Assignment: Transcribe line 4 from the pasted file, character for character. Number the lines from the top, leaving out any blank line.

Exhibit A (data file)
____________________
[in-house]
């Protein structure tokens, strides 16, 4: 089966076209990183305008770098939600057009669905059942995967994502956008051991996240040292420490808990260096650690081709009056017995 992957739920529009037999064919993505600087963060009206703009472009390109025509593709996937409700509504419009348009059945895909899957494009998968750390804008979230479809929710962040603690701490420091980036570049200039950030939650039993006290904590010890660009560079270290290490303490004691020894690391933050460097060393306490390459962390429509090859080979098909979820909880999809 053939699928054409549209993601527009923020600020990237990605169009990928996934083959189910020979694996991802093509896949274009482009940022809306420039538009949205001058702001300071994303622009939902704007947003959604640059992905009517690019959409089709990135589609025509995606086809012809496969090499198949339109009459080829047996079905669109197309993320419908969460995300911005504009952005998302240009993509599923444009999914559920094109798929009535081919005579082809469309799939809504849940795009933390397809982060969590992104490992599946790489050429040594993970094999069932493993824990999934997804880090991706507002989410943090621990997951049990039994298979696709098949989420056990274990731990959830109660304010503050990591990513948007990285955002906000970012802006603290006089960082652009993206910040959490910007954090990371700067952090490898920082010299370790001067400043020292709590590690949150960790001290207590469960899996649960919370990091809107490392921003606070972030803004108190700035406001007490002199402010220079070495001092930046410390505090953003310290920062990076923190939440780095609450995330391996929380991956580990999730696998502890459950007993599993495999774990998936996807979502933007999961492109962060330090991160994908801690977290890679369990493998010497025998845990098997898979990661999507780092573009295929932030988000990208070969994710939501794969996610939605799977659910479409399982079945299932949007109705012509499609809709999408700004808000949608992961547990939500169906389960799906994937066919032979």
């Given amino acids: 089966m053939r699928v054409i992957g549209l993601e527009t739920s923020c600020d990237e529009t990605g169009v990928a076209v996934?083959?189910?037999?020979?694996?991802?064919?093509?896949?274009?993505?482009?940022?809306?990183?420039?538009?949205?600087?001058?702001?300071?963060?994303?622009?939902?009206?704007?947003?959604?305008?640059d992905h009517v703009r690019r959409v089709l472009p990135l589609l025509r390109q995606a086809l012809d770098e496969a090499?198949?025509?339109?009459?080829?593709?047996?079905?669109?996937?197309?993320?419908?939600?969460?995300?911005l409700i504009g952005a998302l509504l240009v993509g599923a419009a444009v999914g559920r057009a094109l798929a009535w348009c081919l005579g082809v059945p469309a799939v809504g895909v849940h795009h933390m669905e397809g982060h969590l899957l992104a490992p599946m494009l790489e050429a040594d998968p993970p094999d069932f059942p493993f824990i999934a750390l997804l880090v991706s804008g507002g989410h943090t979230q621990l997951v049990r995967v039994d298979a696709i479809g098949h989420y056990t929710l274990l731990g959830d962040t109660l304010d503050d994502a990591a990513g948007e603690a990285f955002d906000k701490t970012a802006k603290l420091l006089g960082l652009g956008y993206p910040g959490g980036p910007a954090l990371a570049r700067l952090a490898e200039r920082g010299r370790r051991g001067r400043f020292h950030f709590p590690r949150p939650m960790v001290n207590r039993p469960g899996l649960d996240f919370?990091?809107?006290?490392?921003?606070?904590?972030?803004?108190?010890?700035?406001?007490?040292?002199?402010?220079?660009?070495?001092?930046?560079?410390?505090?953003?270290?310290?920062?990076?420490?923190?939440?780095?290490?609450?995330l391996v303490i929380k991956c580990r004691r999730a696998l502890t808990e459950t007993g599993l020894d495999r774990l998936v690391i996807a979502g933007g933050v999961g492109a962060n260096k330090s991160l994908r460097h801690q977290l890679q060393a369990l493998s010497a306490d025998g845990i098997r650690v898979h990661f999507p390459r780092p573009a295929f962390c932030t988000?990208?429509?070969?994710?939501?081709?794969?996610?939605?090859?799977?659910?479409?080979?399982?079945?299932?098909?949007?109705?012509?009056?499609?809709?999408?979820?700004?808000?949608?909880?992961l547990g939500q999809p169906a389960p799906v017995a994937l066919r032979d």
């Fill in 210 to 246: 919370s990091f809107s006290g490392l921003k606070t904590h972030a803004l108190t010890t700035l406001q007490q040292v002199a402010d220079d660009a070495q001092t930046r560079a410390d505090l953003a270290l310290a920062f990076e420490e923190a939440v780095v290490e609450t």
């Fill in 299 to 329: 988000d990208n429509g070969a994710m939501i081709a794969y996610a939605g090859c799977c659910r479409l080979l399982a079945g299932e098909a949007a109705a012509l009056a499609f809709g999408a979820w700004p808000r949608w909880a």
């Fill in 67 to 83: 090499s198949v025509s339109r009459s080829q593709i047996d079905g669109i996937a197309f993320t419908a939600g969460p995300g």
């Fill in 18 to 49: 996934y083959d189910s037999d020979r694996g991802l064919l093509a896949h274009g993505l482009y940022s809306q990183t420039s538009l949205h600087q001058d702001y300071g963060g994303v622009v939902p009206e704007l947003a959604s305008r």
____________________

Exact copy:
């Fill in 210 to 246: 919370s990091f809107s006290g490392l921003k606070t904590h972030a803004l108190t010890t700035l406001q007490q040292v002199a402010d220079d660009a070495q001092t930046r560079a410390d505090l953003a270290l310290a920062f990076e420490e923190a939440v780095v290490e609450t």